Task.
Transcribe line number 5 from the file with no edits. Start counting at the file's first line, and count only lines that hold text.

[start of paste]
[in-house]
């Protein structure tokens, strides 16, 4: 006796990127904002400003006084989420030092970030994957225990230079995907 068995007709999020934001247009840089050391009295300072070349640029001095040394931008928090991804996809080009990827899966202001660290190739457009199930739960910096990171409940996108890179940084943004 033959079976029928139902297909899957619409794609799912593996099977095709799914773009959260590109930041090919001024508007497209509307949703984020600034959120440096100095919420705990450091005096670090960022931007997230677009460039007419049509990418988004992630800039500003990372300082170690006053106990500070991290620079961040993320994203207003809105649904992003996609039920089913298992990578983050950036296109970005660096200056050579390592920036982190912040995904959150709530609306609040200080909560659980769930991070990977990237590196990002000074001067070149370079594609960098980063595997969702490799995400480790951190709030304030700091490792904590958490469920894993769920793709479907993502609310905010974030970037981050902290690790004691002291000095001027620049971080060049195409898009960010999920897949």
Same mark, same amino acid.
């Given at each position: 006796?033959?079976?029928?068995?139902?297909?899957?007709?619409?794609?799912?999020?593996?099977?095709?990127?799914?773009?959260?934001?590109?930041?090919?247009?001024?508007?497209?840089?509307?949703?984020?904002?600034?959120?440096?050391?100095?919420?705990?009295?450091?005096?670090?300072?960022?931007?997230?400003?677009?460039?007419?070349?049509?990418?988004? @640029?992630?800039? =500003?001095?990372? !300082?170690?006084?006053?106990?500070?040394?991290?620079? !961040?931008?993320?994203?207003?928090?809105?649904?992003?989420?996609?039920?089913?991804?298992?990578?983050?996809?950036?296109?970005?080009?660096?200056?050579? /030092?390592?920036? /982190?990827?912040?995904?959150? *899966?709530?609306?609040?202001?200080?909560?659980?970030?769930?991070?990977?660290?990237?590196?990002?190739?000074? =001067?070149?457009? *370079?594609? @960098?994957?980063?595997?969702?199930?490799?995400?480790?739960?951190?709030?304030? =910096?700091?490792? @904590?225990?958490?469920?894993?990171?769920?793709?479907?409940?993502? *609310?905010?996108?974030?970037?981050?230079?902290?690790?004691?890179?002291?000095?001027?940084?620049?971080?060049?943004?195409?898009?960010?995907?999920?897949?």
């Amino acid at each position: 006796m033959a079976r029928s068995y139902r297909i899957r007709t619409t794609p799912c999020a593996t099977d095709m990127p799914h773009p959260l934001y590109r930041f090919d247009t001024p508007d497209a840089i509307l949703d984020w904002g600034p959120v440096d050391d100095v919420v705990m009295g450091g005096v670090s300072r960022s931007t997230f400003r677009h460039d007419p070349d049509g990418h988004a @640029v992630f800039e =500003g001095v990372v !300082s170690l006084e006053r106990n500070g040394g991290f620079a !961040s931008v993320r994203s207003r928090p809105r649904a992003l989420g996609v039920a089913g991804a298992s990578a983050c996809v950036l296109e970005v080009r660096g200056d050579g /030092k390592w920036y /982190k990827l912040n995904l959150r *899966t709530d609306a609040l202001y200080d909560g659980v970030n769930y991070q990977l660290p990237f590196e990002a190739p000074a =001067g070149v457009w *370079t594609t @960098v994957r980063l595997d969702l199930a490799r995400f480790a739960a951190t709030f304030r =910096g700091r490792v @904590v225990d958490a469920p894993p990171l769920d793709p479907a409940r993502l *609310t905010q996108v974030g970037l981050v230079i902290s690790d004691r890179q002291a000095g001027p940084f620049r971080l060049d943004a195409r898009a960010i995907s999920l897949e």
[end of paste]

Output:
């Amino acid at each position: 006796m033959a079976r029928s068995y139902r297909i899957r007709t619409t794609p799912c999020a593996t099977d095709m990127p799914h773009p959260l934001y590109r930041f090919d247009t001024p508007d497209a840089i509307l949703d984020w904002g600034p959120v440096d050391d100095v919420v705990m009295g450091g005096v670090s300072r960022s931007t997230f400003r677009h460039d007419p070349d049509g990418h988004a @640029v992630f800039e =500003g001095v990372v !300082s170690l006084e006053r106990n500070g040394g991290f620079a !961040s931008v993320r994203s207003r928090p809105r649904a992003l989420g996609v039920a089913g991804a298992s990578a983050c996809v950036l296109e970005v080009r660096g200056d050579g /030092k390592w920036y /982190k990827l912040n995904l959150r *899966t709530d609306a609040l202001y200080d909560g659980v970030n769930y991070q990977l660290p990237f590196e990002a190739p000074a =001067g070149v457009w *370079t594609t @960098v994957r980063l595997d969702l199930a490799r995400f480790a739960a951190t709030f304030r =910096g700091r490792v @904590v225990d958490a469920p894993p990171l769920d793709p479907a409940r993502l *609310t905010q996108v974030g970037l981050v230079i902290s690790d004691r890179q002291a000095g001027p940084f620049r971080l060049d943004a195409r898009a960010i995907s999920l897949e």